The leading risk factor for consulting for hemorrhoidal crisis was a history of a similar crisis, emphasizing the chronic nature of this disease. In one study of patients consulting for external thrombosis, a similar episode was reported for 44% of patients, and 15% experienced a subsequent episode 7 to 25 months later [14]. A 61% recurrence rate within four years has also been reported in a consecutive series of patients treated for symptomatic grade 2 hemorrhoids [14]. The second leading risk factor was uncommonly frequent consumption of spices; alcohol consumption was ranked fifth. Sielezneff et al. also noted higher consumption of spices in patients consulting for hemorroidal disease than in controls [7], but others were unable to confirm the relationship in work conducted under the same conditions [4]. Logistic regression also identified acute episode of constipation during the 15 days preceding consultation as a significant risk factor. Initially reported by Burkitt [1], this association between constipation and hemorrhoidal disease is a subject of debate. Several case-control studies and registry data mainly coming from an American group have not found any relationship [4 et 7], but two French case-control studies did [4 et 7]. The present study provides an original point of view since it took into account recent and acute episodes of constipation. It is known that any sudden increase in straining for defecation can favor the development of symptoms, especially in patients with a history of hemorrhoidal disease. Inversely, a recent episode of diarrhea was a risk factor for consulting for a condition other than hemorrhoidal crisis, but was not found significant at multivariate analysis. This result is in contradiction with other studies which have noted an association between hemorrhoidal disease and diarrhea; but these studies were conducted in much older patients suggesting a possible selection bias [5 et 6]. The influence of a history of anal fissure can be explained by the frequent association of anal fissures with hemorrhoidal disease [5], an association noted in 8% of patients in a prevalence survey devoted to patients attending gastroenterology consultations for proctological diseases [2]. According to our data, a recent episode of stress would be a risk factor for consultation for a gastrointestinal problem other than hemorrhoidal crisis, which suggests that other gastrointestinal conditions would be more sensitive to stress than hemorrhoidal disease.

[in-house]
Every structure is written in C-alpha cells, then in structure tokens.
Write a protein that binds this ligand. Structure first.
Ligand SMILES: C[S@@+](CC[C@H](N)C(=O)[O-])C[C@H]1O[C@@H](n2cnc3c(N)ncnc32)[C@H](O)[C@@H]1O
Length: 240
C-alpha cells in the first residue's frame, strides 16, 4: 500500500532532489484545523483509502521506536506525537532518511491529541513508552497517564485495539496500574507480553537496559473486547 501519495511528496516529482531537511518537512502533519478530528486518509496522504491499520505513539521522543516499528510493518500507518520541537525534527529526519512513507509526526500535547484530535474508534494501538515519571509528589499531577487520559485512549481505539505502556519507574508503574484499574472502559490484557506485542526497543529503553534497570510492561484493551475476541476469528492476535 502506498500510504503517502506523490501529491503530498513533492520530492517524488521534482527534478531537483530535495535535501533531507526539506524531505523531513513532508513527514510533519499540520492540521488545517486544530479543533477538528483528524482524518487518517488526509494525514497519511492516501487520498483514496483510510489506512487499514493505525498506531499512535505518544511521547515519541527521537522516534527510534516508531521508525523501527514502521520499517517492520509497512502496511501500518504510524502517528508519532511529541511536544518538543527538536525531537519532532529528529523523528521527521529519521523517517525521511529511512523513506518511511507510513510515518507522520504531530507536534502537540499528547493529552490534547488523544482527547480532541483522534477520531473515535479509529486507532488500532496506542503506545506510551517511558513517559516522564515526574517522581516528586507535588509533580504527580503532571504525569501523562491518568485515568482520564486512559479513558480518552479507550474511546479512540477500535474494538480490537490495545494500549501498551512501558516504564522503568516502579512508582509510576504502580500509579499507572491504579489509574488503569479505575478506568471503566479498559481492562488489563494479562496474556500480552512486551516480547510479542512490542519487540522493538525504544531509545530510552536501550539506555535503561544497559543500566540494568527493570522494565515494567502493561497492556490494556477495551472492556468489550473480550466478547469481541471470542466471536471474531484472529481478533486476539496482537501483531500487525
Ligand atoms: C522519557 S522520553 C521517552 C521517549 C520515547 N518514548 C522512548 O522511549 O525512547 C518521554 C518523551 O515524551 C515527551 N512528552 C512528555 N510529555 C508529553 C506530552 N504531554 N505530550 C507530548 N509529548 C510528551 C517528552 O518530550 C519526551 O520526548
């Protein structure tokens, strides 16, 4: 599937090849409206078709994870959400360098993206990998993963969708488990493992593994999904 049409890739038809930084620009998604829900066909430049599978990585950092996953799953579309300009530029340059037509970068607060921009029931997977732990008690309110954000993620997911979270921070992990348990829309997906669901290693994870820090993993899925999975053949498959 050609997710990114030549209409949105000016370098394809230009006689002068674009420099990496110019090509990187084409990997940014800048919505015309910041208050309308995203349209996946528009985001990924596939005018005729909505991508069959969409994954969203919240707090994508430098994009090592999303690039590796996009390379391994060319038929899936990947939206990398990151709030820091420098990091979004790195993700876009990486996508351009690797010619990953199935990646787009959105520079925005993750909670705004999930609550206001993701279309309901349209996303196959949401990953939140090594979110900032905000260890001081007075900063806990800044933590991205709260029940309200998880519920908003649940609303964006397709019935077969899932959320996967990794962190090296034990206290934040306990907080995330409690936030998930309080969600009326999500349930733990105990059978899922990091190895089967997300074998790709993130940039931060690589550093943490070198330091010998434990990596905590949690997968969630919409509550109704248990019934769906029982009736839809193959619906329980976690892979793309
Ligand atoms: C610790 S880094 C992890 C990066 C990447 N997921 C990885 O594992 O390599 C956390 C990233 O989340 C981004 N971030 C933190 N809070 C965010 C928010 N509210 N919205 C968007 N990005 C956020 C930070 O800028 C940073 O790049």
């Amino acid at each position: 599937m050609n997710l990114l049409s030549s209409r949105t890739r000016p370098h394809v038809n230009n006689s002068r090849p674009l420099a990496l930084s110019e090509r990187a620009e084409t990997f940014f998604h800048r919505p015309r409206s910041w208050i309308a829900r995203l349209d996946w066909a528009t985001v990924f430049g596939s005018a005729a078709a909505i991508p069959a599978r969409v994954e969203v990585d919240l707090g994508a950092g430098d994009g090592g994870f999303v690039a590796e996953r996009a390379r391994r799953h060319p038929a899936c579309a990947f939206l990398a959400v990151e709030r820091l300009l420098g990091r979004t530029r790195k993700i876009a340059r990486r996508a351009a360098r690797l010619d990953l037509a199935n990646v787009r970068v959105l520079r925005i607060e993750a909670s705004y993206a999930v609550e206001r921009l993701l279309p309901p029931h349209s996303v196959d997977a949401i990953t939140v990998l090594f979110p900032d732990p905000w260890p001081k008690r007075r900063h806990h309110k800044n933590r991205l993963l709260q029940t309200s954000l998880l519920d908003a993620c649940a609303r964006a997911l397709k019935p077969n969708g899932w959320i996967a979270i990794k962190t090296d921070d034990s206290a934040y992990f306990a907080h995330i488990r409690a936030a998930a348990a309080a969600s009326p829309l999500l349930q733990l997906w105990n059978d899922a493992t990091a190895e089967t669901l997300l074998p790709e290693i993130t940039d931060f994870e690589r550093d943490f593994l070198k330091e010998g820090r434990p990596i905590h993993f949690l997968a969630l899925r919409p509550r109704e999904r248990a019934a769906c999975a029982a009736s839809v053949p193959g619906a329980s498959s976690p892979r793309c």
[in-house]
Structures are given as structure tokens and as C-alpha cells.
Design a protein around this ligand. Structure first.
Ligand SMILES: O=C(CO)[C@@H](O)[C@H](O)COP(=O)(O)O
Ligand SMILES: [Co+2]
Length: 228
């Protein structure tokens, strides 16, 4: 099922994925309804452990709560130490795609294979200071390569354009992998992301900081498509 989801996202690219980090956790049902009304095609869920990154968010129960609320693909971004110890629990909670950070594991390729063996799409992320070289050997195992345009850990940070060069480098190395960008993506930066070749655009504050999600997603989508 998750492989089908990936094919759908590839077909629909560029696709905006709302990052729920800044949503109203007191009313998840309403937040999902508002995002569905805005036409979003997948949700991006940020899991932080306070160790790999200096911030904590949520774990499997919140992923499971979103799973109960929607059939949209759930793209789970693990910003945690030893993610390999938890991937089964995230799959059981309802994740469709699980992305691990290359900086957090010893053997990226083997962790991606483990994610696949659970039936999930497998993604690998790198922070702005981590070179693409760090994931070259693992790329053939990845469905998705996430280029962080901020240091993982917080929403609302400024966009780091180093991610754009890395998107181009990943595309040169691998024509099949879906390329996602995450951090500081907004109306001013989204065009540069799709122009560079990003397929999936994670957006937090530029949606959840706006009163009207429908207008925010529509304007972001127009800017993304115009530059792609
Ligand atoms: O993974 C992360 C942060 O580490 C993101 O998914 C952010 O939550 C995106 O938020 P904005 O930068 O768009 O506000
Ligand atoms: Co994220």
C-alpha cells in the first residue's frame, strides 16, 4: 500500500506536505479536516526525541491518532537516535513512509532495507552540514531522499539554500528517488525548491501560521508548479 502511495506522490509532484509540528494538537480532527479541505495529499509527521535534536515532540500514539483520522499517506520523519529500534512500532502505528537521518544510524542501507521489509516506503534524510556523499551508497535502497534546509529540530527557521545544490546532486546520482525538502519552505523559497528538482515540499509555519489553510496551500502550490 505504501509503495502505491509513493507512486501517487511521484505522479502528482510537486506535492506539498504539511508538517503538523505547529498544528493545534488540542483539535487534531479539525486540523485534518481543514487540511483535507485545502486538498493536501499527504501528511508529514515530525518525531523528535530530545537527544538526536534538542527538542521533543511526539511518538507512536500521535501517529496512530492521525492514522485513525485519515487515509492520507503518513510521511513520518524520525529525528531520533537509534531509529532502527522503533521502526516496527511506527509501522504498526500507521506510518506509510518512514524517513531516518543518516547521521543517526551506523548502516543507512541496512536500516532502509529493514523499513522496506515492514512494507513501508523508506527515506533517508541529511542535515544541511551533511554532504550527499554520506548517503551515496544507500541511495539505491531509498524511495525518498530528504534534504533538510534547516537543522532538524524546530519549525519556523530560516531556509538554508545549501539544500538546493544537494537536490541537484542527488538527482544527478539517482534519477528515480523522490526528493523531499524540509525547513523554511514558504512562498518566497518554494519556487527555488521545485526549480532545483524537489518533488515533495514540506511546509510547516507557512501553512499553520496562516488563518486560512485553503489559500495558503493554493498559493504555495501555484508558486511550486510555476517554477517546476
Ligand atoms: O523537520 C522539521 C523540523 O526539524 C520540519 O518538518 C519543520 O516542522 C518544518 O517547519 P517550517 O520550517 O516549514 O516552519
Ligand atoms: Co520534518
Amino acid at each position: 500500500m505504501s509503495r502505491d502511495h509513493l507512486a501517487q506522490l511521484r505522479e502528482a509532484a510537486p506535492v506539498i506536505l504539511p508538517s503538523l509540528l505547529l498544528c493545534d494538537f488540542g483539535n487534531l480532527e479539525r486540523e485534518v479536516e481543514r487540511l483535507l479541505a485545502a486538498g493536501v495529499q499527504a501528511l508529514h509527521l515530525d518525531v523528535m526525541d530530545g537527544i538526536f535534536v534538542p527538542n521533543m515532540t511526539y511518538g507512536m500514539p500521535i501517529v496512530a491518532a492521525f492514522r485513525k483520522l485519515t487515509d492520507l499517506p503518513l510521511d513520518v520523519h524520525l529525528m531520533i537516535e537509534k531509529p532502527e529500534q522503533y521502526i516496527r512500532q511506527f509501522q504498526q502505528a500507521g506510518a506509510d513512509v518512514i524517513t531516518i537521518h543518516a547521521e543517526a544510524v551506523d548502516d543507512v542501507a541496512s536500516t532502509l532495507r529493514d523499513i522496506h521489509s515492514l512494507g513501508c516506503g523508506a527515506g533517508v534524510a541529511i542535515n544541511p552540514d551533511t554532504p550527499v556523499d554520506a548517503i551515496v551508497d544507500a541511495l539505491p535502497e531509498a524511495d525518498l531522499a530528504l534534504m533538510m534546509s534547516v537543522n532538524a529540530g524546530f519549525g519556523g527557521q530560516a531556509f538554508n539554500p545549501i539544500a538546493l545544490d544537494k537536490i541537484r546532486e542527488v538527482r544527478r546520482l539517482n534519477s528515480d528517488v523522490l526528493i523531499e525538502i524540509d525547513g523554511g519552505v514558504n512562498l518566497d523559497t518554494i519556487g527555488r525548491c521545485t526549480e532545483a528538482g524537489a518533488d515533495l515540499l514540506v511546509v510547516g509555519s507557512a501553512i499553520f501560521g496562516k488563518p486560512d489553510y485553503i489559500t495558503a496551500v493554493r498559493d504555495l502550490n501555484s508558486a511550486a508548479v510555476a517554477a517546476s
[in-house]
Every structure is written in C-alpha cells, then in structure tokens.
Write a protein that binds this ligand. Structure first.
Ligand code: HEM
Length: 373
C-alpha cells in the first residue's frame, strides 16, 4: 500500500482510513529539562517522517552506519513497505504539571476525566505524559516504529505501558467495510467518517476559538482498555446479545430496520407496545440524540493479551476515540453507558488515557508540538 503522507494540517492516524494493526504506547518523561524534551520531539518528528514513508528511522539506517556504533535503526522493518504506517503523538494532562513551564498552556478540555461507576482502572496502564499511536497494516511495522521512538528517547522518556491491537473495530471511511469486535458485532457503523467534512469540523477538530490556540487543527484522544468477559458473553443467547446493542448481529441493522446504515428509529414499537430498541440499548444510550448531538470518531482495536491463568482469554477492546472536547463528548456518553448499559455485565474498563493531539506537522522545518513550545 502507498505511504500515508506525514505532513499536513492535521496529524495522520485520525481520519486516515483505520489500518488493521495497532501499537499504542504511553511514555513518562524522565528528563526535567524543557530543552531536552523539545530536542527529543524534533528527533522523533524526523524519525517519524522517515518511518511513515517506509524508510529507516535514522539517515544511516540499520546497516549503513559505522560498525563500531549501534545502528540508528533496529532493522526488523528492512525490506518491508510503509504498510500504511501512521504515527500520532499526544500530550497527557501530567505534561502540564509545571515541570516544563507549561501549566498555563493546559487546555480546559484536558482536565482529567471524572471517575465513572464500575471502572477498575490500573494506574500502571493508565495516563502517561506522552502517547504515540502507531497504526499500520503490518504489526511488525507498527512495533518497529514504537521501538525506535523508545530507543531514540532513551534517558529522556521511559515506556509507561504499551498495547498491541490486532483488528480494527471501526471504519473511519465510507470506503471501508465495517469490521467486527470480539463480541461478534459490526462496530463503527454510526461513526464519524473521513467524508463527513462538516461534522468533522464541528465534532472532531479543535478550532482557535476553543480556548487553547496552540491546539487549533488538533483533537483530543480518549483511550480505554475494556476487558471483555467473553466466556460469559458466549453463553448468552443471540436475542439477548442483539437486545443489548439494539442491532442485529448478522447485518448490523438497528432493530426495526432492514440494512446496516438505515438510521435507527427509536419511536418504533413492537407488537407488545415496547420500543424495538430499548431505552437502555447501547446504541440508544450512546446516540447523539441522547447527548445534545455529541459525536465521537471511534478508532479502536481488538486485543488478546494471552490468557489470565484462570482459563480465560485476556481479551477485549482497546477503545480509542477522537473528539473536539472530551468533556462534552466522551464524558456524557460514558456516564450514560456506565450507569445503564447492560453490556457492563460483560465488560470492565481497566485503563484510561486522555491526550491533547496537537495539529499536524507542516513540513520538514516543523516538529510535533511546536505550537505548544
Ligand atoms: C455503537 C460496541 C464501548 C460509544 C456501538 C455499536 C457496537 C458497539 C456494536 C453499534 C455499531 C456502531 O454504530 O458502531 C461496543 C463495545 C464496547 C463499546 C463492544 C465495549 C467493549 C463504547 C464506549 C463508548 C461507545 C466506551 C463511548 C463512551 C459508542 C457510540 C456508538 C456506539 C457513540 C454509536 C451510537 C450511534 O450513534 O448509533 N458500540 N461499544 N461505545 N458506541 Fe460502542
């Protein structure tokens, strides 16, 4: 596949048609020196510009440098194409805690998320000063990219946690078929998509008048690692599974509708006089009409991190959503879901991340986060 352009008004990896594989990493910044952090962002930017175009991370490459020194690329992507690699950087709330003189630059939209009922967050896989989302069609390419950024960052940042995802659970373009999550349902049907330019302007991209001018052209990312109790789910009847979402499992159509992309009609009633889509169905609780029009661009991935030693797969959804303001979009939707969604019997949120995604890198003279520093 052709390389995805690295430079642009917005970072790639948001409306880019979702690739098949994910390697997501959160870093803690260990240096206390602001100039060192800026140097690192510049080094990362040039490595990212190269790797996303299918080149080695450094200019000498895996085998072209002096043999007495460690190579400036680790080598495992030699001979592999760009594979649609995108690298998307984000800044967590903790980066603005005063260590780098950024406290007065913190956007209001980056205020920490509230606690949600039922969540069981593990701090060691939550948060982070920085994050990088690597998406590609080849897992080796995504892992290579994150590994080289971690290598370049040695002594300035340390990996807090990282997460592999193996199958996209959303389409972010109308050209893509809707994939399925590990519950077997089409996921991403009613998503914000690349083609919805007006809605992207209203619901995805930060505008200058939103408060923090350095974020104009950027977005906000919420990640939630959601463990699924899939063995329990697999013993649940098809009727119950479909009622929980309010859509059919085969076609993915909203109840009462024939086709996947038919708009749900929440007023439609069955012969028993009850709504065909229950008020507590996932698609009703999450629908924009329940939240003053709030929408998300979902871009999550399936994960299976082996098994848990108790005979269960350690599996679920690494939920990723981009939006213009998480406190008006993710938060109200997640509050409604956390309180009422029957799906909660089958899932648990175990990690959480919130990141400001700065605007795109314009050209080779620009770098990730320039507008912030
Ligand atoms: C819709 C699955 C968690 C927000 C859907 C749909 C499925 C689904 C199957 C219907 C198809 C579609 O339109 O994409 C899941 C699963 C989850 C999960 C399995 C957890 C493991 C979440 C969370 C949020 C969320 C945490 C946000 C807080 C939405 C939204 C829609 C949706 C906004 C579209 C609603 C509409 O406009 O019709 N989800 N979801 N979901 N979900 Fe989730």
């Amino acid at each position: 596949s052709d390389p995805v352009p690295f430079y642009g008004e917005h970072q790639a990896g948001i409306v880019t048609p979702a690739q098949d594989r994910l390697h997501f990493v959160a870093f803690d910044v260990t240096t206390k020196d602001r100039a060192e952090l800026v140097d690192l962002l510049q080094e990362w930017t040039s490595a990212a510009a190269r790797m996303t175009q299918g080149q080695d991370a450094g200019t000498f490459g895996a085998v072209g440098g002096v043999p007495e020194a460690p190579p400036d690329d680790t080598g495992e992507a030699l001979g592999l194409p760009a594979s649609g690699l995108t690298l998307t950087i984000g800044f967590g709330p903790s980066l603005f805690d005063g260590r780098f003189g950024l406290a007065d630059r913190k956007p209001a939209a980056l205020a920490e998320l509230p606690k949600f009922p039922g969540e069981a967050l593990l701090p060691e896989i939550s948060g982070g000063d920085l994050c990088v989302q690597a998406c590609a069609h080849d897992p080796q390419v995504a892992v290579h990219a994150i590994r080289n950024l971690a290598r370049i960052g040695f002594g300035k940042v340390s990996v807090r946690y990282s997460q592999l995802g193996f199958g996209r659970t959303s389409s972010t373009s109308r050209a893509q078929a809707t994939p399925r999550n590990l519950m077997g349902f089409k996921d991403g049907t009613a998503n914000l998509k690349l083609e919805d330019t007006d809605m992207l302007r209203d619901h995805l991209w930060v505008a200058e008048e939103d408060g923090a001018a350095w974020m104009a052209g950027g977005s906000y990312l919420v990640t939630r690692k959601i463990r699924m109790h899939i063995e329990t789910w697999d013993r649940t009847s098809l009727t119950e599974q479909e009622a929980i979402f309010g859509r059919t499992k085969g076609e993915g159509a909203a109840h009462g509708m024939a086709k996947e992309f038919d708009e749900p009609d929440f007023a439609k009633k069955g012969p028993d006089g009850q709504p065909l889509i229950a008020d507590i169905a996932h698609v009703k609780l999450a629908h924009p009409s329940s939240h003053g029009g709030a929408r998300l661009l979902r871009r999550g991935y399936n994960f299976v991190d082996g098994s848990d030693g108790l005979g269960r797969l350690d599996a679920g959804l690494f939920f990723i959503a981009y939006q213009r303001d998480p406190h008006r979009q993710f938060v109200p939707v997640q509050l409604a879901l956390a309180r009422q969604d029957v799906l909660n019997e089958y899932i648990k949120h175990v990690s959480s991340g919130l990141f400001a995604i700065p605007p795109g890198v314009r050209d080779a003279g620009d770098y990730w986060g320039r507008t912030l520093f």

Episodes of female genital life are often described as affecting hemorrhoidal disease [4 et 8]. The proportion of women in the premenstrual period was higher in our female population with hemorrhoidal crisis than in the control population. Similarly pregnancy and recent delivery were found more often in the study population. We wanted to study the effect of these factors related to gynecological and obstetric events in relation to that of non-specific factors demonstrated for the whole population. We therefore performed an analysis with the subgroup of women aged less than 40 years which showed that factors related to female genital life had no effect and that the significant role of factors not related to gender (history of hemmorrhoidal disease and recent episode of constipation) were significant, as found in the general population. This negative result can be explained by the low frequency of obstetrical and gynecological events in this series and their possible association with other risk factors, particularly constipation. Abramowitz et al. have previously demonstrated that hemorrhoidal thrombosis, which occur in 20% of women after delivery, are favored by constipation [9]. In another study, it was also suggested that other factors such as constipation participate in hemorrhoidal manifestations as much as, if not more than, variation in hormone cycle [10].

Conclusion

In this study, hemorrhoidal crises were observed in active young subjects, with no gender predominance. The data reported here confirm the classical presentation with the triad of pain, bleeding and tumefaction and the greater frequency of external than internal hemorrhoidal disease. In the general population, dietary factors (spices, alcohol) played a predominant role, as well as episodes of acute constipation. In young women, factors related to genital activity were not found to have a significant influence, and had less impact than history of hemorrhoidal disease and acute constipation. Thus in the young subject, particularly with a history of hemorrhoidal manifestations, spicy diet and alcohol as well as episodes of acute constipation should be avoided. Prevention in women of reproductive age should focus on treatment of constipation.

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Acknowledgements

This survey and its analysis were made possible by Ipsen-Beaufour. The authors thank in particular Mrs Emmanuelle Nuris-Souquet and Mrs Ines Cazala-Telinge.